The fates are smiling on the Kansas City Royals these days. In addition to winning like crazy and taking over first place in the AL Central, they’re doing just fine even if key players go down.
Last night catcher Salvador Perez left the game in the seventh inning with right knee discomfort. That’s a bad thing. But then backup Erik Kratz entered the game and hit two solo home runs in his only two plate appearances. The first home run extended the Royals’ lead to 4-0 in the seventh, and his second came in the ninth inning to make it a 6-1 game. Which was necessary, as the Twins mounted a mini-rally in the ninth, falling short.
After the game, Kratz had this to say:
“You put your work in before the game as a bench guy to be ready to go in,” Kratz said. “Some people could say well, Salvi plays every day, so why not take a day off? In my opinion, what’s the point of taking a day off if that might be the day you come in and play?”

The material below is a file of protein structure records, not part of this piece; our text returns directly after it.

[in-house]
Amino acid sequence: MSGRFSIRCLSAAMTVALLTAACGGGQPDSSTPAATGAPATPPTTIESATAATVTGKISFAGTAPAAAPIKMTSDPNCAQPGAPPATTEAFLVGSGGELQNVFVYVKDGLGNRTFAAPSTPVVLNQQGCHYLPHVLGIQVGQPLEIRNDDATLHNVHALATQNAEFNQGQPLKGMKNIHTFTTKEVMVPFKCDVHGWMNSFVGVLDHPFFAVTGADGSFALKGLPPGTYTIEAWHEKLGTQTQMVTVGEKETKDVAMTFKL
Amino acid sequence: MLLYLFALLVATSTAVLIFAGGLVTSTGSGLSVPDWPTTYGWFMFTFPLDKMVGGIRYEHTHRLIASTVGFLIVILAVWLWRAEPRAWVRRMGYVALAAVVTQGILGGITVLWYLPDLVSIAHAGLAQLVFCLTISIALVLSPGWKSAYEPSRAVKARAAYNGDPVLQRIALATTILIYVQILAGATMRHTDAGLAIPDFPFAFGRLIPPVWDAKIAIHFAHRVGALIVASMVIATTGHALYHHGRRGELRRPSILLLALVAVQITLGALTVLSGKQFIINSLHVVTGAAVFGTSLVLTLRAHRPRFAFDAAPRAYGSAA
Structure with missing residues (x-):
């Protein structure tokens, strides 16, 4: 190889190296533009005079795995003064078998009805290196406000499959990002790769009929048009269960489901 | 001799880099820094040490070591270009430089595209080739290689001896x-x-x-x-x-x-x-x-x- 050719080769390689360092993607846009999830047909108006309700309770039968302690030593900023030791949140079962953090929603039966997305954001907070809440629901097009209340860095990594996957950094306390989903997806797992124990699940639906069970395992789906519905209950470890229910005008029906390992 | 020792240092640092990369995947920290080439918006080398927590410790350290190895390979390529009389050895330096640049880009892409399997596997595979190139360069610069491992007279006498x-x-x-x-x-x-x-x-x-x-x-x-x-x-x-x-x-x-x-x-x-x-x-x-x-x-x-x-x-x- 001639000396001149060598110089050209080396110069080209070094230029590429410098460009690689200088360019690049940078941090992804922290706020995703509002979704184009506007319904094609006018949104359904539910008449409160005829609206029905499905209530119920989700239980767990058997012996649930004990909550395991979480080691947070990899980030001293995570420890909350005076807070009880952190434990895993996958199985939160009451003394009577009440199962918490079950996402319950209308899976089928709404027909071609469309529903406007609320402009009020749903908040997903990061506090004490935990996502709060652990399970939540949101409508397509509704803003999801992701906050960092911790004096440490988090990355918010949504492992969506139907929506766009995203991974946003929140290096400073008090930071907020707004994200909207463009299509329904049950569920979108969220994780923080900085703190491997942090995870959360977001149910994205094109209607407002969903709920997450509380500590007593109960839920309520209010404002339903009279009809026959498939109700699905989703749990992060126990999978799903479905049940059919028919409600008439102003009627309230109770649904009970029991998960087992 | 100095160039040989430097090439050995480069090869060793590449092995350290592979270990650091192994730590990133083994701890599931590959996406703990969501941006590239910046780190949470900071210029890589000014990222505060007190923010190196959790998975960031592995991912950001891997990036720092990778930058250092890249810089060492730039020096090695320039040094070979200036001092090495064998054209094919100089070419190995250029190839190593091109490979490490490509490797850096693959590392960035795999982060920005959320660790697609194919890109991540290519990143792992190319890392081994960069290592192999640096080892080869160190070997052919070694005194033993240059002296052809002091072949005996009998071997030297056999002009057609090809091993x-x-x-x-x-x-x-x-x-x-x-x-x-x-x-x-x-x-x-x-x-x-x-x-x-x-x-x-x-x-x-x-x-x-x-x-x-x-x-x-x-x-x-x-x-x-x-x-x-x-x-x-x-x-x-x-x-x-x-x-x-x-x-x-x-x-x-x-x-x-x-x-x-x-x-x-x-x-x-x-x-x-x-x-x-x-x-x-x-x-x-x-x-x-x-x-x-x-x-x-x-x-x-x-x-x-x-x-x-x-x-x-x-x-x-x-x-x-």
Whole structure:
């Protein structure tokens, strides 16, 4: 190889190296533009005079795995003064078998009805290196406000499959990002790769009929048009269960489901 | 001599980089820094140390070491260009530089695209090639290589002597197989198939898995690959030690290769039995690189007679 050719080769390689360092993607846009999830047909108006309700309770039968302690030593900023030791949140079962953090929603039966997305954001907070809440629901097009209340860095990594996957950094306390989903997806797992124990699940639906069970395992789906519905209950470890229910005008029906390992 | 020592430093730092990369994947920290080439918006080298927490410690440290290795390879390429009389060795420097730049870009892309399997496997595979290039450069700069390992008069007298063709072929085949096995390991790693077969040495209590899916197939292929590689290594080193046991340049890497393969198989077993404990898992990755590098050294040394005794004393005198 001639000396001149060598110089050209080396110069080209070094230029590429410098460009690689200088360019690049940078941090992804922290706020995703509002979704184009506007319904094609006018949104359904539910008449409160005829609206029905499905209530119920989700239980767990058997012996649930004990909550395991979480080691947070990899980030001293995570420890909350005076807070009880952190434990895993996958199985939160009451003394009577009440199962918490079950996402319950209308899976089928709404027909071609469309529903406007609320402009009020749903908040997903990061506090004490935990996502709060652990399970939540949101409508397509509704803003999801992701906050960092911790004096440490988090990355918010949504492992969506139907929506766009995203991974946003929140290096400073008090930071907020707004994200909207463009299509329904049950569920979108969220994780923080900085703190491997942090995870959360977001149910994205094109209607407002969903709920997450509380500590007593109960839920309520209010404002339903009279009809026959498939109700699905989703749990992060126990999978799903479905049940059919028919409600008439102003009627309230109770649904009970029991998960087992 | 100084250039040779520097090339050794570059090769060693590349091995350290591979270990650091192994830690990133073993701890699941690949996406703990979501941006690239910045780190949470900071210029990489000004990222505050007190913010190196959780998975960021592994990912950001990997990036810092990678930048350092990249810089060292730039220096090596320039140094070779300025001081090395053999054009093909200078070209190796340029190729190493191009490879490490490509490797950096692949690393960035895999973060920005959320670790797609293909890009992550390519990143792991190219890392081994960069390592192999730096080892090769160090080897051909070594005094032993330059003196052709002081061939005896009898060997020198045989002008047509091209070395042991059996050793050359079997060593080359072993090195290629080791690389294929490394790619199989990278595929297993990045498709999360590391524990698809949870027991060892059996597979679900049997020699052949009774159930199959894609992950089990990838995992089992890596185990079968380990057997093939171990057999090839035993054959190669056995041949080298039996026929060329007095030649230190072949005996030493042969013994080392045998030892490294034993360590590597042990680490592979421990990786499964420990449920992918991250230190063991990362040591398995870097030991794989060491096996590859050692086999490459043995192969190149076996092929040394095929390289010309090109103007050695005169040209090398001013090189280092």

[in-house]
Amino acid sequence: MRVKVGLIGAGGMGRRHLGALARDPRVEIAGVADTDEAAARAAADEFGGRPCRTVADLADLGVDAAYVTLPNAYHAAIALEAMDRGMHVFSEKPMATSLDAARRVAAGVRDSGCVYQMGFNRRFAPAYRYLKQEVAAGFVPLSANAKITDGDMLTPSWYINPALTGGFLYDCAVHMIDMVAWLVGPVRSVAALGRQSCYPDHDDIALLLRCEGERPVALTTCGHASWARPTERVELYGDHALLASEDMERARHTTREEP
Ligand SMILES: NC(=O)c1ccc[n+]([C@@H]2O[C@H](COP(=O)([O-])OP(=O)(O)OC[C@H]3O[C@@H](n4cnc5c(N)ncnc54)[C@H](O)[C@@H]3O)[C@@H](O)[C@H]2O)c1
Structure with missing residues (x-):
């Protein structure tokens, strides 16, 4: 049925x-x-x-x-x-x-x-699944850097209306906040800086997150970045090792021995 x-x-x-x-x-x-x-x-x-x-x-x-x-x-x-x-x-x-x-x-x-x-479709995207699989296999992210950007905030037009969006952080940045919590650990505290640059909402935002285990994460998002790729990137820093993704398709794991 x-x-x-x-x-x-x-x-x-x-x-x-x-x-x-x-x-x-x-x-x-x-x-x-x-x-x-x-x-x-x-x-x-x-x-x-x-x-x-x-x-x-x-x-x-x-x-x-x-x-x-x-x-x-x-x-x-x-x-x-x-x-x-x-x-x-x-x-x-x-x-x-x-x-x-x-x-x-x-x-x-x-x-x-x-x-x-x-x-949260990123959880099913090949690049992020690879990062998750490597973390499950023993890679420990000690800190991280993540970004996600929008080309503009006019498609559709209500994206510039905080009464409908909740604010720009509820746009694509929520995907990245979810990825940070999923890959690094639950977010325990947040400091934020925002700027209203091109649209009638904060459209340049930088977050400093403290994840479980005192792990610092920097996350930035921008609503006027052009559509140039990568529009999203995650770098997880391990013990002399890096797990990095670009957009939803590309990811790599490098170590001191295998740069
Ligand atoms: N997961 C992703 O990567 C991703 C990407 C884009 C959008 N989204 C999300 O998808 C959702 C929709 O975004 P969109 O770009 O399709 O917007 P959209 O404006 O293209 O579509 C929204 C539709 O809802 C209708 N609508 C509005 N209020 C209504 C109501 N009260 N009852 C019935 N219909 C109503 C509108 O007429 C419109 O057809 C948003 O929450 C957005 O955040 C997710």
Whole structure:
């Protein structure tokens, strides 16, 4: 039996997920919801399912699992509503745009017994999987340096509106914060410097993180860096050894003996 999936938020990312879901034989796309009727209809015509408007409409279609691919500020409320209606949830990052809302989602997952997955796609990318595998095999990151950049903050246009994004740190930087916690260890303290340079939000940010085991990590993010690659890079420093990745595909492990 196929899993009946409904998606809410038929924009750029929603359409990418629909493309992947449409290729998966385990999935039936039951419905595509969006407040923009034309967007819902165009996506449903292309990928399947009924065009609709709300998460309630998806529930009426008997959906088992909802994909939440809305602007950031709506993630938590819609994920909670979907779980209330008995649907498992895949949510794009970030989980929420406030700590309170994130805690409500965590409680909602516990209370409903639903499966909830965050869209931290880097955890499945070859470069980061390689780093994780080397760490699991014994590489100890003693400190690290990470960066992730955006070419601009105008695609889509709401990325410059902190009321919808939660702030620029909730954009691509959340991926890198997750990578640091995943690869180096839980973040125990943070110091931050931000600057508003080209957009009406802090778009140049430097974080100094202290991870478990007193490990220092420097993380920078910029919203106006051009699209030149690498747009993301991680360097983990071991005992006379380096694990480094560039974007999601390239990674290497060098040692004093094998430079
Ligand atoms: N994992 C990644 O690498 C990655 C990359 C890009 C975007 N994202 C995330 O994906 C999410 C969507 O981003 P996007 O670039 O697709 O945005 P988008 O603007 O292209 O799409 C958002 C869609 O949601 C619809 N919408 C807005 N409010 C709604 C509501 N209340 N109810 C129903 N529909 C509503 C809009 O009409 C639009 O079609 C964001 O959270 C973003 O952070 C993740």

While this runs somewhat counter to one of my own favorite dynamics in life — sometimes being utterly unprepared is totally thrilling — it is probably the better approach to take.
Meanwhile, Perez’s removal from the game is said to be precautionary. He’s day-to-day.
FORT WORTH, Texas — A former Angels employee has been charged with conspiracy to distribute fentanyl in connection with last year’s overdose death of Angels pitcher Tyler Skaggs, prosecutors in Texas announced Friday.
Eric Prescott Kay was arrested in Fort Worth, Texas, and made his first appearance Friday in federal court, according to Erin Nealy Cox, the U.S. Attorney for the Northern District of Texas. Kay was communications director for the Angels.
Skaggs was found dead in his hotel room in the Dallas area July 1, 2019, before the start of what was supposed to be a four-game series against the Texas Rangers. The first game was postponed before the teams played the final three games.
Skaggs died after choking on his vomit with a toxic mix of alcohol and the powerful painkillers fentanyl and oxycodone in his system, a coroner’s report said. Prosecutors accused Kay of providing the fentanyl to Skaggs and others, who were not named.
“Tyler Skaggs’s overdose – coming, as it did, in the midst of an ascendant baseball career – should be a wake-up call: No one is immune from this deadly drug, whether sold as a powder or hidden inside an innocuous-looking tablet,” Nealy Cox said.
If convicted, Kay faces up to 20 years in prison. Federal court records do not list an attorney representing him, and an attorney who previously spoke on his behalf did not immediately return a message seeking comment.